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Madison, Wis. -
The University of Michigan
in Ann Arbor will create a $10.5 million interdisciplinary center for stem cell biology in a move aimed at bolstering the university's position in the science.
For federally funded research, University of Michigan researchers use stem cell lines from Wisconsin's WiCell Research Institute
, among others.
The Michigan center will be established with funding provided by the U-M Medical School, the Life Sciences Institute and the Molecular and Behavioral Neuroscience Institute (MBNI). The center will recruit up to seven faculty whose laboratories will be located in the LSI, the Medical School or in MBNI.
"Stem cell science is one of the most important areas in biomedical research today," said Mary Sue Coleman, U-M president. "Our commitment to follow the science where it leads is Michigan's historic strength and research signature," she added. "As a world scientific leader, U-M is vigorously pursuing this promising area of discovery."
UW-Madison Chancellor John Wiley said the announcement is good news for the science.
"That institutions of the caliber of the University of Michigan are seriously embarking on programs of stem cell research is nothing but good news," Wiley said. "Stem cell science holds amazing promise. The more we know -- and there is much basic research to be done yet -- the sooner this technology will begin to pay dividends. Aligning the resources and talent of a University of Michigan in the interest of stem cell research will move the science at a faster pace. We'll all benefit from the investment they're making."
Coleman said that U-M scientists have made "notable advances in many areas of stem cell science, especially involving tissue-specific and cancer stem cells." The U-M Medical School is home to one of only three NIH-funded human embryonic stem cell research centers in the United States, one of the others being Madison's WiCell Research Institute and the University of Washington-Seattle
/Fred Hutchinson Cancer Research Center
; three new Exploratory Centers for Human Embryonic Stem Cell Research were funded through the National Institute of General Medical Sciences in August.
Wisconsin Gov. Jim Doyle last fall outlined a strategy to keep Wisconsin in the forefront of biotechnology - efforts which were to include $750 million in public and private investment and a Wisconsin Center for Discovery on the UW-Madison campus.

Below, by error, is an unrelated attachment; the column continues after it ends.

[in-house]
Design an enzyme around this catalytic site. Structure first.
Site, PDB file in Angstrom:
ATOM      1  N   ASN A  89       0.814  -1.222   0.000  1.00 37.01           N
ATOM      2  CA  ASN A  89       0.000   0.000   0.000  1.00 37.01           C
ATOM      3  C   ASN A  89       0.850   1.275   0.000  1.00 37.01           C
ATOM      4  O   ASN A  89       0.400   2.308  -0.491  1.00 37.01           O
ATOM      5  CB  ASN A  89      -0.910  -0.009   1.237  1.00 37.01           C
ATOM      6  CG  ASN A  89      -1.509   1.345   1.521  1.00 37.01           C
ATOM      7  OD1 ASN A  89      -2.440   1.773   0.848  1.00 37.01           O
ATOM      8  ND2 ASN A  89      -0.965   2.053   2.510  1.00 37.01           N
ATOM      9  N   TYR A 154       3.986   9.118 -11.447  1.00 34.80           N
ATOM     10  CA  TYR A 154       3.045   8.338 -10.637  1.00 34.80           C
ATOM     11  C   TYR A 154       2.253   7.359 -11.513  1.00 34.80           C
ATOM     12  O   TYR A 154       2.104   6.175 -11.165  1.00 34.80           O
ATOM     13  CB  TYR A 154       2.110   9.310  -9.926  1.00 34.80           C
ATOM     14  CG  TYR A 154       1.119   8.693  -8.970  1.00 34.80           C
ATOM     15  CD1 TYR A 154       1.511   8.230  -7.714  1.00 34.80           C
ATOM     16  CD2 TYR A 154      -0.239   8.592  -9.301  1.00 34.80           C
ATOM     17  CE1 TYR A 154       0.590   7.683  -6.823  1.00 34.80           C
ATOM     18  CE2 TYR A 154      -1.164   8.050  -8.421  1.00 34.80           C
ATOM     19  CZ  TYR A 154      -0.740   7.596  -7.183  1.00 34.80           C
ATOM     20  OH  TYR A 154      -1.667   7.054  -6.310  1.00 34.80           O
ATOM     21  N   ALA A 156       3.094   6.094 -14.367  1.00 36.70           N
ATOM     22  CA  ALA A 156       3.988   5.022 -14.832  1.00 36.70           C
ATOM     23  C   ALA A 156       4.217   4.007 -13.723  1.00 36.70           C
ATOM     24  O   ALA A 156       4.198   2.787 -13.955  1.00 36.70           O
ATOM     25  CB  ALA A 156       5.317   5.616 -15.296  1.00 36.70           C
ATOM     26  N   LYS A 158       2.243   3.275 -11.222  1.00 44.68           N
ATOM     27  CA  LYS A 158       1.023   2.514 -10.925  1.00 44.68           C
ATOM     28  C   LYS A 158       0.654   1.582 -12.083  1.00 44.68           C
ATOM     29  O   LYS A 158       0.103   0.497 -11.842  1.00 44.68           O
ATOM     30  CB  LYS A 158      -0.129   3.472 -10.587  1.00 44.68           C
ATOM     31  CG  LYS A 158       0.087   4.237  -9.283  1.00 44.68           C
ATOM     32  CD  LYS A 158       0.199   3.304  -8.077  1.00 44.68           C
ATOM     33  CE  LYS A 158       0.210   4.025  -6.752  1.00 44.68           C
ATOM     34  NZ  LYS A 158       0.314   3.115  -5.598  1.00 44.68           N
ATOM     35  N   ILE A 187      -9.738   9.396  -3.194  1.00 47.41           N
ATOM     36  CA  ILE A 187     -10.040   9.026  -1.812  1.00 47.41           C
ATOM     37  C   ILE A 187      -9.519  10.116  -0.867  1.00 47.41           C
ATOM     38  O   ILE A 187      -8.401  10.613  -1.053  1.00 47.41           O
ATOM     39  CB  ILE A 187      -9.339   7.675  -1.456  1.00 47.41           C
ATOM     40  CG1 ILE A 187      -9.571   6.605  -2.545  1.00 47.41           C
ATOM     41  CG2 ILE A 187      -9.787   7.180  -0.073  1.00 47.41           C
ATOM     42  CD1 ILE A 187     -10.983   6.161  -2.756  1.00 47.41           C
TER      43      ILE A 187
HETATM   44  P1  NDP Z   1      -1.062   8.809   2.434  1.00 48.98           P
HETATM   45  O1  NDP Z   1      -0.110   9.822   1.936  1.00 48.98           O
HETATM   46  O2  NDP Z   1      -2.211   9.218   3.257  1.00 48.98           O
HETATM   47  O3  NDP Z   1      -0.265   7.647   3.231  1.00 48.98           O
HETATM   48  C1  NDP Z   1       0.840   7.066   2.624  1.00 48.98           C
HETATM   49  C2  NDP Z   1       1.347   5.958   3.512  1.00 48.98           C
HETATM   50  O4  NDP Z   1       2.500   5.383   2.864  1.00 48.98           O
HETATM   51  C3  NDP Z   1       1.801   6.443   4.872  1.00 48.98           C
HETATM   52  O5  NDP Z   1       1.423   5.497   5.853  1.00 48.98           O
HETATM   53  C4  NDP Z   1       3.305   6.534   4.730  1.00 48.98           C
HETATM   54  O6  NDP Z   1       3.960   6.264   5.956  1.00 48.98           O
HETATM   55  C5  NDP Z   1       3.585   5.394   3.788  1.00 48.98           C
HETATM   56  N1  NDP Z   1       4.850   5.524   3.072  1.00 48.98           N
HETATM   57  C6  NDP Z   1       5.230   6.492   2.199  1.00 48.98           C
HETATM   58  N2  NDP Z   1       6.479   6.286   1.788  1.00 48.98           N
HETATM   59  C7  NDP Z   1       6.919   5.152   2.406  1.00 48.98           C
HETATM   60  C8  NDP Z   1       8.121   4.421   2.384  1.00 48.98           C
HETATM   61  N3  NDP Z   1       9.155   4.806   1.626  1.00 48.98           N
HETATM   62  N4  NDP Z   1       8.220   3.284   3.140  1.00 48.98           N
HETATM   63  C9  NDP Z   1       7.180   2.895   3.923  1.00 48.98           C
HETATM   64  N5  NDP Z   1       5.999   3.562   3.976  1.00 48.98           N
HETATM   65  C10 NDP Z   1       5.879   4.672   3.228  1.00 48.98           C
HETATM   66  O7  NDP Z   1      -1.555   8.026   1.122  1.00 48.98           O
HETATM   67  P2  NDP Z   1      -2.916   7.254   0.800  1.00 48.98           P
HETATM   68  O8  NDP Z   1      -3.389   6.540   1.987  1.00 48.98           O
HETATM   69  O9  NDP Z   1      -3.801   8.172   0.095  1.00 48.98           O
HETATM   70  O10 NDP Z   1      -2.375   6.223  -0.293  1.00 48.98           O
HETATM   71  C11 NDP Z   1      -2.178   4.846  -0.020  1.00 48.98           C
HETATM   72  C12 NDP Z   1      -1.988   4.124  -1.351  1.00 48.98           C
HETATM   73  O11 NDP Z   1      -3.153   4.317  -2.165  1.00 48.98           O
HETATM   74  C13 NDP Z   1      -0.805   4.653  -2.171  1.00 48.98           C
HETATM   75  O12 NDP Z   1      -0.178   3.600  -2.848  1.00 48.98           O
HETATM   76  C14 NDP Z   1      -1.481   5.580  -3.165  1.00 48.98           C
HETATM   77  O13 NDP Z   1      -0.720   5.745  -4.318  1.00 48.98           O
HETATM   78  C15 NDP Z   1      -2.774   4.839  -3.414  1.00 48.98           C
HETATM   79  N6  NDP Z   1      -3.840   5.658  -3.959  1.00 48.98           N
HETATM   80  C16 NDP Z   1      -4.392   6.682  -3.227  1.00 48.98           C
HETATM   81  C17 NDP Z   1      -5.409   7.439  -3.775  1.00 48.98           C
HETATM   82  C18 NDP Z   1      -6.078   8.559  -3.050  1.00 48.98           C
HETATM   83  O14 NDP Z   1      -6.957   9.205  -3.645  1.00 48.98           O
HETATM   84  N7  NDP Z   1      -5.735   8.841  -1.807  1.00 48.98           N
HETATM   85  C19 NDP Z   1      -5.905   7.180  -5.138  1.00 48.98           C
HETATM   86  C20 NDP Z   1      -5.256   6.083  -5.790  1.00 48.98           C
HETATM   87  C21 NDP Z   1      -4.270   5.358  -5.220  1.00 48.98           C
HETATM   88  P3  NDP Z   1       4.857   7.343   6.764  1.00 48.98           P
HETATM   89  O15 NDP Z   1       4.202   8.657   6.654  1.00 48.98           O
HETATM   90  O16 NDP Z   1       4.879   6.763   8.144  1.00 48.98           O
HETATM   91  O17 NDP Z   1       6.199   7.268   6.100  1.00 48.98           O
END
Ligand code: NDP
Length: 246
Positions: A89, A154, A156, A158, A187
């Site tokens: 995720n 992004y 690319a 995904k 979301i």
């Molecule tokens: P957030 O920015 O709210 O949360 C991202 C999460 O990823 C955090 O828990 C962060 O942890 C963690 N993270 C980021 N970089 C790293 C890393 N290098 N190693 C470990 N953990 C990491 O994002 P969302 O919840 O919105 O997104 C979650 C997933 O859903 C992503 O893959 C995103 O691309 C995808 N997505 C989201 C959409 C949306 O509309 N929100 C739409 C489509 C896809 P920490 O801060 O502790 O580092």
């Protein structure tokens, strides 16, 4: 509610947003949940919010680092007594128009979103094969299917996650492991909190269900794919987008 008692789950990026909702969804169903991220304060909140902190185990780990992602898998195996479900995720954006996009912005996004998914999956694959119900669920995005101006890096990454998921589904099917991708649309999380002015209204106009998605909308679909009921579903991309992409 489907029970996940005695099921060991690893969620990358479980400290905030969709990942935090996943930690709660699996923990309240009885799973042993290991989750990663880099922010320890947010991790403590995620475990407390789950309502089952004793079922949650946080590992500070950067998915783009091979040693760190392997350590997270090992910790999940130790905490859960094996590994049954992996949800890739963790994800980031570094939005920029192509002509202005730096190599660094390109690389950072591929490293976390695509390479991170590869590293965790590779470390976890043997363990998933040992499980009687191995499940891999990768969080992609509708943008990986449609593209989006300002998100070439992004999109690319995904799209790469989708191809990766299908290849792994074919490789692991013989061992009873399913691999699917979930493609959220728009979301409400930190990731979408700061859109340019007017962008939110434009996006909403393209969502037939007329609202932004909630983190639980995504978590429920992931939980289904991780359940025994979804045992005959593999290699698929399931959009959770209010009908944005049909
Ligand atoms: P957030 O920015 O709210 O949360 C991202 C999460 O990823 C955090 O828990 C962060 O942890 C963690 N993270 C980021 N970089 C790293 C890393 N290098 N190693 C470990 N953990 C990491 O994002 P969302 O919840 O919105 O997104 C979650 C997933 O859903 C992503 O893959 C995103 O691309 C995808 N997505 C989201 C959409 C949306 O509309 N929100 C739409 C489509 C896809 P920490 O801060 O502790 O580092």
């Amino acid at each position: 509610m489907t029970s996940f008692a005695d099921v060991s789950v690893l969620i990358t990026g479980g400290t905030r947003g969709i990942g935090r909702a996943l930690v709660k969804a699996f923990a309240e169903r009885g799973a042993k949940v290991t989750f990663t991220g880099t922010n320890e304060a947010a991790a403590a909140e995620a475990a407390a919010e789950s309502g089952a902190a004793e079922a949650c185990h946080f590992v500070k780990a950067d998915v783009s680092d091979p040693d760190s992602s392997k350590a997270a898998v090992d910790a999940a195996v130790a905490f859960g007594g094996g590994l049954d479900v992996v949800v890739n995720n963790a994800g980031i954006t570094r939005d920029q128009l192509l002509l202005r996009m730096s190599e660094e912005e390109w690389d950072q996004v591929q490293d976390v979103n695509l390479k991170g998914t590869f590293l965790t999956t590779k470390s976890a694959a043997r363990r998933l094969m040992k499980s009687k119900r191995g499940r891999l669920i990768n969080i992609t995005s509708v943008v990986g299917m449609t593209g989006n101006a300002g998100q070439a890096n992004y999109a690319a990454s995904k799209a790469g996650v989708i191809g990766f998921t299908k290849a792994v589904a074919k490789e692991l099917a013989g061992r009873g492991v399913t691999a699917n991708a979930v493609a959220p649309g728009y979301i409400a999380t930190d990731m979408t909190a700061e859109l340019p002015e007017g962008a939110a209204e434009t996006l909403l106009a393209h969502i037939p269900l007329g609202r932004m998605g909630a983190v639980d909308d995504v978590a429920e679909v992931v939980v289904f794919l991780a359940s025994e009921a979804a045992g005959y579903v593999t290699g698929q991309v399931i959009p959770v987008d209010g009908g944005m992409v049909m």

WiCell would be part of the new institute, which would be built and financed over 10 years; $50 million in bonding for the project has been authorized. Along with WiCell, the insitute would include specialists in biochemistry, nanotechnology, computer engineering and bioinformatics.
The U-M center's director, Sean Morrison, is associate professor of internal medicine in the Medical School and a Howard Hughes Medical Institute investigator. Morrison's research focuses on blood-forming (or hematopoietic) stem cells that give rise to all blood and immune system cells and on neural crest stem cells that give rise to the peripheral nervous system. In looking at the fundamental biology of stem cells, the center will examine such phenomena as the ability of stem cells to replicate themselves indefinitely, which could provide insight into how cancer cells can do the same thing.
The Morrison laboratory has published several important advances in stem cell biology in recent years. They showed for the first time that stem cells persist throughout adult life in the peripheral nervous system, a discovery that could lead to new treatments for nervous system injuries. They discovered mechanisms that regulate the maintenance of adult stem cells throughout life, an insight that could have implications for regenerative medicine and cancer. Most recently, they discovered new markers that enhance the purification of blood-forming stem cells, an advance that could lead to safer and more effective bone marrow transplants. Morrison was honored with the Presidential Early Career Award for Scientists and Engineers in 2003.
"The university-wide commitment to create and support this new research center is a tangible sign of the importance the U-M places on this rapidly developing area of science," Morrison said. "The more we learn about the fundamental biology of stem cells, the greater the potential for advances in biomedical research and medicine. Bringing scientists from many disciplines together to focus on important questions in stem cell biology is the best way to speed the pace of discovery."